Biden Administration Releases Final Rule on Public Charge

After years of seemingly ever-changing rules around public charge, it comes as a relief to see a final rule that is faithful to the statute and supported by extensive policy evidence. The definition of public charge in the final rule is consistent with long established public charge policy and law, unlike the rules under the Trump Administration. (The Trump-era rules were eventually blocked by the courts and rescinded.) This new, final rule will have more staying power because it adheres closely to the statute, longstanding public charge policy, and current practices.

However, the Biden Administration missed an opportunity to make key policy improvements. We, along with many other commenters, suggested that Medicaid be completely excluded from consideration to minimize confusion and uncertainty that could lead otherwise eligible individuals to forgo the receipt of public benefits. We also suggested that any consideration of benefit use be limited to current use of federal benefits. Finally, we suggested improvements to the totality of circumstances test for children. In the end, the Department of Homeland Security (DHS) was not persuaded on these fronts.

The final rule does take an important step by making explicit that some critical benefits will not be considered in a public charge determination, specifically Supplemental Nutrition Assistance Program (SNAP), CHIP, Medicaid (other than for long-term use of institutional services under SSA §1905(a)), housing benefits, and any benefits related to immunizations or testing for communicable diseases.

It also includes some more minor improvements compared to the proposed rule issued earlier this year, namely by providing more specificity with respect to what it means for an individual to receive public benefits. The final rule makes clear that applying for benefits or being approved for future receipt does not constitute “receipt of public benefits.” The rule also clarifies that assisting family members with benefit applications does not count, nor does their benefits use.

The final rule provides more specificity on the definition of “household” and the five statutory factors, but it will take a little more time to digest whether these changes will make it easier to understand the rules and apply them more consistently.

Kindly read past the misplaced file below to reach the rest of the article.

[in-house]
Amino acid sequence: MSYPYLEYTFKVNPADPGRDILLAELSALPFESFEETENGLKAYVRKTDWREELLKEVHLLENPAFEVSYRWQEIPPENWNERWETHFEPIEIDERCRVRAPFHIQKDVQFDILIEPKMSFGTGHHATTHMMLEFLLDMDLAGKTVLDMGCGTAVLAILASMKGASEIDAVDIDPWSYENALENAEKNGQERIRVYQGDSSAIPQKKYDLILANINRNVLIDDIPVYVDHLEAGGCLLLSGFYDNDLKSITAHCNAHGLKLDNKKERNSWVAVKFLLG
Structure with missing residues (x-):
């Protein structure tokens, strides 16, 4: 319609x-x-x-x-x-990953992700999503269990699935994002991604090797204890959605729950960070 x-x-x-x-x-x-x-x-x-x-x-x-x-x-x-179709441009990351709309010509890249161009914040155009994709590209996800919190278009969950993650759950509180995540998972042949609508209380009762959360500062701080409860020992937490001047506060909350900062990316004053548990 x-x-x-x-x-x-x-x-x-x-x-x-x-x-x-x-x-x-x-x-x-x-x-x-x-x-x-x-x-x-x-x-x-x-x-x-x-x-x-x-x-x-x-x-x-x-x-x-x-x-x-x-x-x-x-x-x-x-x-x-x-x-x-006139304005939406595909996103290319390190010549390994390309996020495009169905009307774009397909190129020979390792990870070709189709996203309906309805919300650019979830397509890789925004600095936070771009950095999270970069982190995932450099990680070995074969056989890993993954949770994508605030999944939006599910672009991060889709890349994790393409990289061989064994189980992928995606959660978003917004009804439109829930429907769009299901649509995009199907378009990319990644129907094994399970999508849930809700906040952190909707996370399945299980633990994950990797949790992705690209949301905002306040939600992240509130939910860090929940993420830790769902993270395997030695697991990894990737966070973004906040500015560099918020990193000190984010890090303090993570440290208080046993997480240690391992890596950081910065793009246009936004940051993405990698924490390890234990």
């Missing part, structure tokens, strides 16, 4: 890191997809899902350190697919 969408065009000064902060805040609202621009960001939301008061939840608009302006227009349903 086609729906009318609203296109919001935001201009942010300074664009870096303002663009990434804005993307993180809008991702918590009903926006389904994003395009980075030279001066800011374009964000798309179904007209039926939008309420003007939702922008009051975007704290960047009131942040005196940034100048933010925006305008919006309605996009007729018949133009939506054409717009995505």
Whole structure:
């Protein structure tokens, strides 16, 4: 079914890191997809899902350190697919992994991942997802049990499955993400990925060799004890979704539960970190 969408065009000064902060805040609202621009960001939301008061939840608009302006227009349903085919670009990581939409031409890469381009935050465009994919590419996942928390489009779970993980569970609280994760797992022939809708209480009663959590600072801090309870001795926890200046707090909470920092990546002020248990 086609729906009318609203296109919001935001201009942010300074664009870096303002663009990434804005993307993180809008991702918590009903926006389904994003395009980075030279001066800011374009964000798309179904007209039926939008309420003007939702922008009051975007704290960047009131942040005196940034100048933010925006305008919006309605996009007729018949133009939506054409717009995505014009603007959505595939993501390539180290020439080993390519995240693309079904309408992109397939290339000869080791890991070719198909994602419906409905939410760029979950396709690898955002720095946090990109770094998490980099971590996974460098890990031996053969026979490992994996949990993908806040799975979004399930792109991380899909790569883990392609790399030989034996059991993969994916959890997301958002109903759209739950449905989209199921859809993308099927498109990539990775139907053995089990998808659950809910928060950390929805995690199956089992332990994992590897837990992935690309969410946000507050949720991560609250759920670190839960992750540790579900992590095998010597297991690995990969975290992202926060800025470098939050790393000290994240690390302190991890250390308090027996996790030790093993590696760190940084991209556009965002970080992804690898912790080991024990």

We will update our public charge fact sheet to reflect current law, but in the meantime, here’s a quick summary:

  • Public Charge is defined as likely at any time to become primary dependent on the government for subsistence, as demonstrated by either the receipt of public cash assistance for income maintenance or long-term institutionalization at government expense (8 CFR 212.21(a)).
  • The benefits that will be considered include: Supplemental Security Income (SSI), cash assistance under the Temporary Assistance for Needy Families (TANF) program, and state/Tribal/local/territorial cash assistance (8 CFR 212.21(b)), plus Medicaid long-term institutionalization (8 CFR 212.21(c)).
  • Some benefits are explicitly excluded from public charge determinations, including: SNAP, CHIP, Medicaid (other than for long-term use of institutional services under SSA §1905(a)), housing benefits, and any benefits related to immunizations or testing for communicable diseases (8 CFR 212.22(a)(3)).
  • Public charge determinations will continue to be made based on the totality of the circumstances, meaning that other than missing an affidavit of support where one is required by statute, no single factor can be the sole criterion for determining whether an applicant is likely to become a public charge.
  • The rule will go into effect around December 23, 2022.

Finalizing a public charge rule that is consistent with the statute and longstanding policy is a hugely important step. But there’s more that needs to be done. Namely, stakeholders need to spread the word that the rules have changed to help undo the harm of the Trump Administration, where confusion and misinformation were intentionally used to deter eligible families from participating in needed government programs. It is critical that families are informed and empowered to make decisions based on accurate information. Eligible individuals should enroll in Medicaid and CHIP.

Kelly Whitener is an Associate Professor of the Practice at the Georgetown University McCourt School of Public Policy’s Center for Children and Families.